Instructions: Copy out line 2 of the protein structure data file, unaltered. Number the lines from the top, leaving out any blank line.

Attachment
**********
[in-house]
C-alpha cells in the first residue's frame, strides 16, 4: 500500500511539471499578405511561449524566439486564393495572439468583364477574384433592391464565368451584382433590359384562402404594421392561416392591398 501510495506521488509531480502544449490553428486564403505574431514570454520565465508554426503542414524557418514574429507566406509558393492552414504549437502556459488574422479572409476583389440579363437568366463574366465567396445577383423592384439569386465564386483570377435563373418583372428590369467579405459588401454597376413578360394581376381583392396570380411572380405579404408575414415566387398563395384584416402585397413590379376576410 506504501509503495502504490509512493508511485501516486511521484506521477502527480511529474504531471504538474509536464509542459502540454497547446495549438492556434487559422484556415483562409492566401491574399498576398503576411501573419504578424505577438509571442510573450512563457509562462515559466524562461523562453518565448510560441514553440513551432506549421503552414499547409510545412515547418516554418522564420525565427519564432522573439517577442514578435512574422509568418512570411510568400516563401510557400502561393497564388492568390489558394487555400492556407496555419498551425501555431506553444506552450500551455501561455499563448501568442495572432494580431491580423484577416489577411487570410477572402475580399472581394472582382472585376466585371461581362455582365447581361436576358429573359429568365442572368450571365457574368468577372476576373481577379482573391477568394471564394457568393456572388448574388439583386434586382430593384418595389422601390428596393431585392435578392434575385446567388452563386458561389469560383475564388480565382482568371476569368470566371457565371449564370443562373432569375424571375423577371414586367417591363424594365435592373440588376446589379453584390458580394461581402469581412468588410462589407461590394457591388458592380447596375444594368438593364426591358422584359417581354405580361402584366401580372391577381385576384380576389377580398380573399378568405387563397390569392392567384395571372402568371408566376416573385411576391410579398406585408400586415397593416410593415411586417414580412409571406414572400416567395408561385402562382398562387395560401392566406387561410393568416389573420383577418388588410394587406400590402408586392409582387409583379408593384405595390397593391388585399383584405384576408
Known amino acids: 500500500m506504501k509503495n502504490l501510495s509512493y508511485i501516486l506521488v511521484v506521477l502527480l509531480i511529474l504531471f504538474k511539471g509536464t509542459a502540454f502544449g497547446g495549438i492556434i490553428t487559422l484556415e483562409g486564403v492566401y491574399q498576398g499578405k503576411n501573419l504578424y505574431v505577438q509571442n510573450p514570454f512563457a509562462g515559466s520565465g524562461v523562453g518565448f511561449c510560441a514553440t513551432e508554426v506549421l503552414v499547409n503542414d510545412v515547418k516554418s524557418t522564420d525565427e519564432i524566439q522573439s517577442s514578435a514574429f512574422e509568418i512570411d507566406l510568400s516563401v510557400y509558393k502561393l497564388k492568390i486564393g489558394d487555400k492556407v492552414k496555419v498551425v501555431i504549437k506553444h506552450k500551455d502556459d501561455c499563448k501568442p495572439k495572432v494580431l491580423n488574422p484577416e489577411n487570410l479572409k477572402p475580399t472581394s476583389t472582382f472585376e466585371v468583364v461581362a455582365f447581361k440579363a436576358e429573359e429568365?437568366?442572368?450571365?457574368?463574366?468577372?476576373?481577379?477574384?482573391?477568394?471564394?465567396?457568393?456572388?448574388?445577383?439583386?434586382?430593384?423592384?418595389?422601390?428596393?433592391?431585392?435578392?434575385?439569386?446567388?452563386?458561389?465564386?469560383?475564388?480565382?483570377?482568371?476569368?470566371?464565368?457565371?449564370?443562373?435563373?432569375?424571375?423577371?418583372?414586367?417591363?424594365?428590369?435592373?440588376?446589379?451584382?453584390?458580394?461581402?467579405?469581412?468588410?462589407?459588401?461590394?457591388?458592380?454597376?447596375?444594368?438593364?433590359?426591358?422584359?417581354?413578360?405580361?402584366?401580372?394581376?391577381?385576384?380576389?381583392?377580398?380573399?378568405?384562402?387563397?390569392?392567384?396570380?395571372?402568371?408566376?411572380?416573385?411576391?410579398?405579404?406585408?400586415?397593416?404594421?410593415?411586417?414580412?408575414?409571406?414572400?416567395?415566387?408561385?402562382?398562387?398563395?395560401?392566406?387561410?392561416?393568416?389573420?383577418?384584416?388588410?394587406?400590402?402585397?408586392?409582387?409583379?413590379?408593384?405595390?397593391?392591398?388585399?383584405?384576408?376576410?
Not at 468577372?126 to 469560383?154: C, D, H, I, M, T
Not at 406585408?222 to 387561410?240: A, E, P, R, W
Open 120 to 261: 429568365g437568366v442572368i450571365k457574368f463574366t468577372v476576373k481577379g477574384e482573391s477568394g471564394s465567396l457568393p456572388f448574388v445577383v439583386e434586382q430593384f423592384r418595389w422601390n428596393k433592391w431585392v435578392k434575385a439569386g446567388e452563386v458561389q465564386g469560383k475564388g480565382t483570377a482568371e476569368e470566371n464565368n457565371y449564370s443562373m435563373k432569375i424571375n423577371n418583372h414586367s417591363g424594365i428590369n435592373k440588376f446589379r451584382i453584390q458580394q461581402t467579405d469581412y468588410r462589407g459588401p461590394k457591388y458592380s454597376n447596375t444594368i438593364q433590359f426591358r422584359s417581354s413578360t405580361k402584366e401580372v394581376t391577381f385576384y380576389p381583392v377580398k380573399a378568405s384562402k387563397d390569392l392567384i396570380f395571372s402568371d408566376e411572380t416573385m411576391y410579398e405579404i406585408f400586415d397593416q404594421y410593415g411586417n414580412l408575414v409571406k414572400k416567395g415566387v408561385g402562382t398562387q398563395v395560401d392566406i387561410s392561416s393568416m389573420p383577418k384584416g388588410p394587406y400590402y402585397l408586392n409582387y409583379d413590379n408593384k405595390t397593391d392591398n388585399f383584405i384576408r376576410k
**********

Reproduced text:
C-alpha cells in the first residue's frame, strides 16, 4: 500500500511539471499578405511561449524566439486564393495572439468583364477574384433592391464565368451584382433590359384562402404594421392561416392591398 501510495506521488509531480502544449490553428486564403505574431514570454520565465508554426503542414524557418514574429507566406509558393492552414504549437502556459488574422479572409476583389440579363437568366463574366465567396445577383423592384439569386465564386483570377435563373418583372428590369467579405459588401454597376413578360394581376381583392396570380411572380405579404408575414415566387398563395384584416402585397413590379376576410 506504501509503495502504490509512493508511485501516486511521484506521477502527480511529474504531471504538474509536464509542459502540454497547446495549438492556434487559422484556415483562409492566401491574399498576398503576411501573419504578424505577438509571442510573450512563457509562462515559466524562461523562453518565448510560441514553440513551432506549421503552414499547409510545412515547418516554418522564420525565427519564432522573439517577442514578435512574422509568418512570411510568400516563401510557400502561393497564388492568390489558394487555400492556407496555419498551425501555431506553444506552450500551455501561455499563448501568442495572432494580431491580423484577416489577411487570410477572402475580399472581394472582382472585376466585371461581362455582365447581361436576358429573359429568365442572368450571365457574368468577372476576373481577379482573391477568394471564394457568393456572388448574388439583386434586382430593384418595389422601390428596393431585392435578392434575385446567388452563386458561389469560383475564388480565382482568371476569368470566371457565371449564370443562373432569375424571375423577371414586367417591363424594365435592373440588376446589379453584390458580394461581402469581412468588410462589407461590394457591388458592380447596375444594368438593364426591358422584359417581354405580361402584366401580372391577381385576384380576389377580398380573399378568405387563397390569392392567384395571372402568371408566376416573385411576391410579398406585408400586415397593416410593415411586417414580412409571406414572400416567395408561385402562382398562387395560401392566406387561410393568416389573420383577418388588410394587406400590402408586392409582387409583379408593384405595390397593391388585399383584405384576408